Thousands of people across the restive northeast on Sunday defied a shutdown called by separatists and attended India's Independence Day celebrations while the chief ministers urged the rebel groups to come for talks.
"We are happy indeed to see people rejecting calls by some militant groups to boycott the celebrations and coming out in large numbers to attend the national day function," acting Assam Chief Minister Bhumidhar Barman said soon after unfurling the national flag at a celebration here.
Barman is officiating as chief minister in the absence of Tarun Gogoi, who is recuperating in Mumbai after three heart surgeries earlier this month.
"Despite attempts by militants to stage violent attacks, our security forces managed to foil their designs with the active support and cooperation of the people," Barman said.
Five guerrilla groups in India's northeast called a 17-hour general strike Sunday to boycott the Independence Day celebrations.
The militant groups include the United Liberation Front of Asom (ULFA), the National Democratic Front of Bodoland (NDFB), the Kamatapur Liberation Organisation (KLO), fighting for a separate homeland comprising parts of Assam and West Bengal, the Manipur People's Liberation Front (MPLF)-- an umbrella group of several Manipuri rebel groups, and the Tripura People's Democratic Front (TPDF).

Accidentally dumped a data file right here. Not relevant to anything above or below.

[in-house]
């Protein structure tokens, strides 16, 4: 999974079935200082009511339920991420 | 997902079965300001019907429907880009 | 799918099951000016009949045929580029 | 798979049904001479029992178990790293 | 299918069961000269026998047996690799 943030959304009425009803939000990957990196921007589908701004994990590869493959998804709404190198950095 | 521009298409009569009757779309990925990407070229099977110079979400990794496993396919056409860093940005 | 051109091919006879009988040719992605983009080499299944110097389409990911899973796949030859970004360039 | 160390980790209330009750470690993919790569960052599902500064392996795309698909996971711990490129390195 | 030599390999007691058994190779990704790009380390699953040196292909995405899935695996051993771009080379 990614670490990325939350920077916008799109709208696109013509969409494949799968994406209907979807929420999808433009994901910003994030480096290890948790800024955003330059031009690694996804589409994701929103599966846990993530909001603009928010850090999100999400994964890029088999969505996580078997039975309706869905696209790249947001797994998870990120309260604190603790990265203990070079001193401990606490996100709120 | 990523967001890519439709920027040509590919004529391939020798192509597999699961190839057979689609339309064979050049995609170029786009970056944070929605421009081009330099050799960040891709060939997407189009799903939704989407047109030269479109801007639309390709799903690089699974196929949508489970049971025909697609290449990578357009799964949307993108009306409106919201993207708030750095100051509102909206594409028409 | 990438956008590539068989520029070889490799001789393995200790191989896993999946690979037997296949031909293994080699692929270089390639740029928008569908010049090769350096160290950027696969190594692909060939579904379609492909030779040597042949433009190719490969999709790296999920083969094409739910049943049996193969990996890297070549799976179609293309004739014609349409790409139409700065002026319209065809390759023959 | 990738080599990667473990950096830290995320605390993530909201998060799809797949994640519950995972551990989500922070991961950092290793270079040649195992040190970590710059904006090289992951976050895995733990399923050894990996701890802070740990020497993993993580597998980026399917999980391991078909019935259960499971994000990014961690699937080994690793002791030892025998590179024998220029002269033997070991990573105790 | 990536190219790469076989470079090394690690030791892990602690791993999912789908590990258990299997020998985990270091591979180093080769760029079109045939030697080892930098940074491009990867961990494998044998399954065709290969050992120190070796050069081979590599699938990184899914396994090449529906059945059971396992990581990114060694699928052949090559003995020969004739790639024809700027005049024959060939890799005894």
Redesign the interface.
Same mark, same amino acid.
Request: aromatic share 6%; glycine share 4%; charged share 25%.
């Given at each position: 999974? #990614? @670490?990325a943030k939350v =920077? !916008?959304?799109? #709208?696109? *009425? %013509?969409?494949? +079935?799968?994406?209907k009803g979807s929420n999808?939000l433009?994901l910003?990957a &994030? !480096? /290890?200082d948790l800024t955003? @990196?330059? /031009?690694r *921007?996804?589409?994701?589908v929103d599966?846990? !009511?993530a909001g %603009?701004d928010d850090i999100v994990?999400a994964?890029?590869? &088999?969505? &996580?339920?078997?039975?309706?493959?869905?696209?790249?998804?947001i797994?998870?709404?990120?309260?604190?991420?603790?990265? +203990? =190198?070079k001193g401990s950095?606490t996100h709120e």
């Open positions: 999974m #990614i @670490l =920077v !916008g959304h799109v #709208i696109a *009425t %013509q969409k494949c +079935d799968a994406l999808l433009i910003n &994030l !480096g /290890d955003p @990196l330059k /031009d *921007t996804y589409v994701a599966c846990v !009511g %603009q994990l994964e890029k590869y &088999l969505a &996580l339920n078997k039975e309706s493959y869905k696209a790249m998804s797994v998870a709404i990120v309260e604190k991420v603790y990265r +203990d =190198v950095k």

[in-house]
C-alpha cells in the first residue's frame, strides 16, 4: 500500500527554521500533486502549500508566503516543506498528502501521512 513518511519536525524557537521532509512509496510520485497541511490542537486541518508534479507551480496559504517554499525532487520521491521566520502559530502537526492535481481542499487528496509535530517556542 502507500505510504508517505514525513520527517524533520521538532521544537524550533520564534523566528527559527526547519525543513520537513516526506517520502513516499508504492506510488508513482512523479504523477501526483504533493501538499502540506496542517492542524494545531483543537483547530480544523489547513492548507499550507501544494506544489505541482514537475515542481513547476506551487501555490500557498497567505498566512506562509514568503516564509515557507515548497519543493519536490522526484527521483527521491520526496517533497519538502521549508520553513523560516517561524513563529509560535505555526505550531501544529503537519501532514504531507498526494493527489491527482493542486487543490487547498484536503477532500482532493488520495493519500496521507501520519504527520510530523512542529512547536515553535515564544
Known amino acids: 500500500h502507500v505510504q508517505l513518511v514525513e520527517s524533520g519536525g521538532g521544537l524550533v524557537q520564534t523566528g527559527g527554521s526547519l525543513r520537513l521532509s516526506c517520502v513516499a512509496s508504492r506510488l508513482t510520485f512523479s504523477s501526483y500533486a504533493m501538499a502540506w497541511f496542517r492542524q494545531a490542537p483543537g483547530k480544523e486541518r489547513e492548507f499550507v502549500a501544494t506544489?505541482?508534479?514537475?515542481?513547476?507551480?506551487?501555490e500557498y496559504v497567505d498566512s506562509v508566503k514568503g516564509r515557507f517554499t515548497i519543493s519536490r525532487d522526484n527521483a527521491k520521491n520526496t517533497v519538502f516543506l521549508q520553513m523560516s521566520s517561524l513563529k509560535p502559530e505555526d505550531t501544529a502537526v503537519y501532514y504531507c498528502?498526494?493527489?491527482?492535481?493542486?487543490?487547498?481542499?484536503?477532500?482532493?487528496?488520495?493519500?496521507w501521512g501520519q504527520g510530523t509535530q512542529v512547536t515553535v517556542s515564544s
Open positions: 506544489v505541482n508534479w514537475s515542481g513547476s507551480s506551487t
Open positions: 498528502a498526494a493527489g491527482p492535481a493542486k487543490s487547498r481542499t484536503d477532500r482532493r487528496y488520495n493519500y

These groups are active in Assam, Manipur and Tripura. As part of their boycott call Aug 15, the militant groups called for a general strike from 1.30 a.m. to 6.30 p.m. Sunday.
"There is an open defiance to the boycott call in Assam, Tripura, Meghalaya and Manipur. People participated in large numbers in the celebrations," an official said.
Militant groups in the northeast have for years boycotted national events to protest New Delhi's rule over the region.
"Violence is not an answer to any of the problems. We once again appeal to groups like ULFA and the NDFB to come for peace talks," Barman said in his Independence Day speech in Guwahati.
The chief ministers of Manipur, Meghalaya and Tripura also appealed to rebel groups to come for peace talks with the government.
"Our doors for talks with militant groups are open. Problems can be resolved through negotiations and not through the barrel of the gun," Manipur Chief Minister Okram Ibobi Singh said.
There are some 30 rebel groups operating in the region, with demands ranging from secession to greater autonomy and the right to self-determination.